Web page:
Chimpanzees Form Long-Term Memories for Food Locations After Limited Exposure

Natacha Mendes*, Josep Call

*Corresponding author for this work

Research output: Contribution to journalArticlepeer-review

12 Citations (Scopus)

Abstract

Remembering the location of fruiting trees for extended periods of time has been hypothesized to play a major role in the evolution of primate cognition. Such ability would be especially useful when paired with a fast learning mechanism capable of consolidating long-term memory after minimal exposure. We investigated whether chimpanzees (Pan troglodytes) can remember different food locations after minimal exposure (i.e., 1-2 trials) both after 24hr and after 3-month. We released pairs of chimpanzees in their indoor enclosure (the enclosure of group A measured 430m(2) and group B's measured 175m(2)) and tested them for four consecutive days (Baseline, Test, Retest, and Post-test). During the Test and Retest food was hidden in the same location whereas no food was hidden during the Baseline and Post-test days (control trials). Subjects were tested with four different locations and assessed for their retention after 24hr and 3-month since the initial food discovery. Results revealed that chimpanzees accurately remembered the locations in which they found the food after one or two exposures to them, and both after 24hr and a 3-month retention interval. Am. J. Primatol. 76:485-495, 2014. (c) 2014 Wiley Periodicals, Inc.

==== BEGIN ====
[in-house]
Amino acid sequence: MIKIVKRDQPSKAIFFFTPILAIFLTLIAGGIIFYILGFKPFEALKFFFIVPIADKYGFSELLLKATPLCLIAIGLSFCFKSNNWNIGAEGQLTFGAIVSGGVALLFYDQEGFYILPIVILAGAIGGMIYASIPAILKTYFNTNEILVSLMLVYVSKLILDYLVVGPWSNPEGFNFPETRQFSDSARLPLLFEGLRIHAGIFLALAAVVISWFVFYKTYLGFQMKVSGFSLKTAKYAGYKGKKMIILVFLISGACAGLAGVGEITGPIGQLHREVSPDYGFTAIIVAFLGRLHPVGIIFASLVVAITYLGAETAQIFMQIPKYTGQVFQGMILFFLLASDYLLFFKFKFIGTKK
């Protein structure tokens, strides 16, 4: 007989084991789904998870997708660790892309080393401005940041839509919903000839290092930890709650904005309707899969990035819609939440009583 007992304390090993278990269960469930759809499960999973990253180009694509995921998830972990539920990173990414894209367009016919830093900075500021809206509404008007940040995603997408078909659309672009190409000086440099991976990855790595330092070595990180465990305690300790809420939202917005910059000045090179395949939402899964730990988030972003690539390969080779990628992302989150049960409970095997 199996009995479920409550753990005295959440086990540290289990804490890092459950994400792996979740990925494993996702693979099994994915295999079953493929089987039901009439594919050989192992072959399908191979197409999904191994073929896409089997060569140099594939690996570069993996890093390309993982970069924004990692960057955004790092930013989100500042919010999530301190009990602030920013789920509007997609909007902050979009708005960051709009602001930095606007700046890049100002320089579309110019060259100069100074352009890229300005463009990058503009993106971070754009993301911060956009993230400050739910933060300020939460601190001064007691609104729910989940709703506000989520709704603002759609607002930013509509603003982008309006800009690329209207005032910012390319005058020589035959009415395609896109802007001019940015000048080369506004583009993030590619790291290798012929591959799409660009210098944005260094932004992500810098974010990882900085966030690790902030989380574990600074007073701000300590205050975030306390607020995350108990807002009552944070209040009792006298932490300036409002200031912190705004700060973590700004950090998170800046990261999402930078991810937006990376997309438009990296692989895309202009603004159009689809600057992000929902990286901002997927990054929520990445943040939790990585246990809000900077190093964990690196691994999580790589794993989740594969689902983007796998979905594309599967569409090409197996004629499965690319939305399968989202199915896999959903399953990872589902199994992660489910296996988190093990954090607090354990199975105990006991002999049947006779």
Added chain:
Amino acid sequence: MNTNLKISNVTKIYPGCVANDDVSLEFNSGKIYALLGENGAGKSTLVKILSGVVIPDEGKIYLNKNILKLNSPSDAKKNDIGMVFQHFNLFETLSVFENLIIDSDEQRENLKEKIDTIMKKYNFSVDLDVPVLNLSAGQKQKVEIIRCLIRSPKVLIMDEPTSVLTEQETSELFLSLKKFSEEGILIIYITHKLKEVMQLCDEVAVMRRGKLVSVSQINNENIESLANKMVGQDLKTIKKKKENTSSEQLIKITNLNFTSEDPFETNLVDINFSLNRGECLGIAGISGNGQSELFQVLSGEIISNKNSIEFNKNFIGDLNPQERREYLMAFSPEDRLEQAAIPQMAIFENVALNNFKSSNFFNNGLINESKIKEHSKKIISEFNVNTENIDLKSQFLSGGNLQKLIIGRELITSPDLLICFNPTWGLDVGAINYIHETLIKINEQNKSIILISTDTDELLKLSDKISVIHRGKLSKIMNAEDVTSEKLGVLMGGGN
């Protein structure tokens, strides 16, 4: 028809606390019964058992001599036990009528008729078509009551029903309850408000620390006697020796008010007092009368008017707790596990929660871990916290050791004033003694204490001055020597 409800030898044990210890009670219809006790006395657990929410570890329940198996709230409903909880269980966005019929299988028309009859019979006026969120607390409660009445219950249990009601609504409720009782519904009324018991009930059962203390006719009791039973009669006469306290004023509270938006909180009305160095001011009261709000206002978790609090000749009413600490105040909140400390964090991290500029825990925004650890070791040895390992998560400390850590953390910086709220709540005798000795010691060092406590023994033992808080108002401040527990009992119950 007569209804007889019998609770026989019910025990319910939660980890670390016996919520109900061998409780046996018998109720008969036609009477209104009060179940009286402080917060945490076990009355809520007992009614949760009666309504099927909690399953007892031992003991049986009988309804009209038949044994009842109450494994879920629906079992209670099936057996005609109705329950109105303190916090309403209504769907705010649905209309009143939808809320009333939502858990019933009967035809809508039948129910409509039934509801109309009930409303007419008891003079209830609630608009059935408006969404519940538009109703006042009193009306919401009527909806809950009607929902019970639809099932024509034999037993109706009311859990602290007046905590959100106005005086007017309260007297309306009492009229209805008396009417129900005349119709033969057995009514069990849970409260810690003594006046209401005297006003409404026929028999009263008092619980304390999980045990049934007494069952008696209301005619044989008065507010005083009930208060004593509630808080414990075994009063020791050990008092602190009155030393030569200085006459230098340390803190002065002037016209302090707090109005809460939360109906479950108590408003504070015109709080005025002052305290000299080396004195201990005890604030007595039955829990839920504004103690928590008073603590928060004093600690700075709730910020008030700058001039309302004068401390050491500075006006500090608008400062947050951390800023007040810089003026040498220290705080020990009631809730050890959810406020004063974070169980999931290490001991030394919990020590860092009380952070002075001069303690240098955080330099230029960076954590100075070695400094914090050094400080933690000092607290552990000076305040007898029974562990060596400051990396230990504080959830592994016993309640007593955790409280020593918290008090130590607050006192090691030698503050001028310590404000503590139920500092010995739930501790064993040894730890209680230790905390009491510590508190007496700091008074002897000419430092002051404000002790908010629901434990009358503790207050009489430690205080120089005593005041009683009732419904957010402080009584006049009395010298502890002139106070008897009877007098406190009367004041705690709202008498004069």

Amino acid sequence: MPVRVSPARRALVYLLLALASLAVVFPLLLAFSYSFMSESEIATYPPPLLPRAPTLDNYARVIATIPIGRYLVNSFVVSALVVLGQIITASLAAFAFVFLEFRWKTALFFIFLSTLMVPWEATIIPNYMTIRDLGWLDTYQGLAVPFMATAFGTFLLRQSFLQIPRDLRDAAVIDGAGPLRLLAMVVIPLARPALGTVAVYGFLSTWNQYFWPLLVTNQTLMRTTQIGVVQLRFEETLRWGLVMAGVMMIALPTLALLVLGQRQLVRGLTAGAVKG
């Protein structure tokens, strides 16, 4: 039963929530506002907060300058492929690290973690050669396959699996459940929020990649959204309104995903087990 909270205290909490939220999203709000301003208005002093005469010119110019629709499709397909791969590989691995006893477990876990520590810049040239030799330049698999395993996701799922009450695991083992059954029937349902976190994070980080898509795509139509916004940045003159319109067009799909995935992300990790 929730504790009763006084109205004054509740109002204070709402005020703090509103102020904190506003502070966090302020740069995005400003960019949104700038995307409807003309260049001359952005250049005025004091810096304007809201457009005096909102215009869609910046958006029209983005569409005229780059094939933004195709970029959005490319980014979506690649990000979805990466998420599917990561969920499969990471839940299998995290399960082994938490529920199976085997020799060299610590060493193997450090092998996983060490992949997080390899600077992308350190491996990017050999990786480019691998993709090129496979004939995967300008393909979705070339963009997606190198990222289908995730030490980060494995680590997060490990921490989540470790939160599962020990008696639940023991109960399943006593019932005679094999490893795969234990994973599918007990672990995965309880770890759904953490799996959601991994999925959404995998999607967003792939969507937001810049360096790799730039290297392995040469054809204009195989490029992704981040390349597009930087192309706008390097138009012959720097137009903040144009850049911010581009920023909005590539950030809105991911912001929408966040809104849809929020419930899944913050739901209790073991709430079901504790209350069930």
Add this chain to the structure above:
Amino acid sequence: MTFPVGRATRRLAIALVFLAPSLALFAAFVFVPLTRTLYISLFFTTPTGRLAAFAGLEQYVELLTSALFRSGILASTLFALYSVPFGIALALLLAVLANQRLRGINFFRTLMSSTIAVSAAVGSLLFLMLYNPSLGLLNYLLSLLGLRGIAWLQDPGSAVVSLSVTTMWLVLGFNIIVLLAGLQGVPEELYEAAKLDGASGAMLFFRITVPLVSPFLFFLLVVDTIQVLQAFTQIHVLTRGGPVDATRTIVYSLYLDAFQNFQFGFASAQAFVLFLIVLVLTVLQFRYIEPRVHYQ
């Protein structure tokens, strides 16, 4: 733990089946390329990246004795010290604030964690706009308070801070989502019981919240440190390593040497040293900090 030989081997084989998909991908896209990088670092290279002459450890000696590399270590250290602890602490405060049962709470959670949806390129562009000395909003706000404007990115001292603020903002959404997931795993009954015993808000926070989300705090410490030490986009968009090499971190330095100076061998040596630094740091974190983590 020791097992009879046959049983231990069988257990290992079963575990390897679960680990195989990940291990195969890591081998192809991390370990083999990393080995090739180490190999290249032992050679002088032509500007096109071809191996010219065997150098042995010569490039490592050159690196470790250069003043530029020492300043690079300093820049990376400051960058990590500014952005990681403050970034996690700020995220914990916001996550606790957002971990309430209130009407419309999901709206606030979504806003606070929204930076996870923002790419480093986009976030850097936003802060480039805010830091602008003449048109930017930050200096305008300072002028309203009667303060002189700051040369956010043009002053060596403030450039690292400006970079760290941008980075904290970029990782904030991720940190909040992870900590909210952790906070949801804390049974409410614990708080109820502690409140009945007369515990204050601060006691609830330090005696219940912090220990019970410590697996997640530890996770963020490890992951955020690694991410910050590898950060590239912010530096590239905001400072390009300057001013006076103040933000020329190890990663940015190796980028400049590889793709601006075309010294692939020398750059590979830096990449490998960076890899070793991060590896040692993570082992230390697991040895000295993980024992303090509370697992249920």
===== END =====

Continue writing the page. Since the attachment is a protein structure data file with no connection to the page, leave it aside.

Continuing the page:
Original languageEnglish
Pages (from-to)485-495
Number of pages11
JournalAmerican Journal of Primatology
Volume76
Issue number5
DOIs
Publication statusPublished - May 2014

Keywords

  • long-term memory
  • limited exposure
  • retention interval
  • chimpanzees
  • GORILLA-GORILLA-GORILLA
  • JAYS APHELOCOMA-COERULESCENS
  • WILD CAPUCHIN MONKEYS
  • EPISODIC-LIKE MEMORY
  • SPATIAL MEMORY
  • FORAGING TASK
  • SCRUB JAYS
  • NUCIFRAGA-COLUMBIANA
  • CLARKS NUTCRACKER
  • PAN-TROGLODYTES

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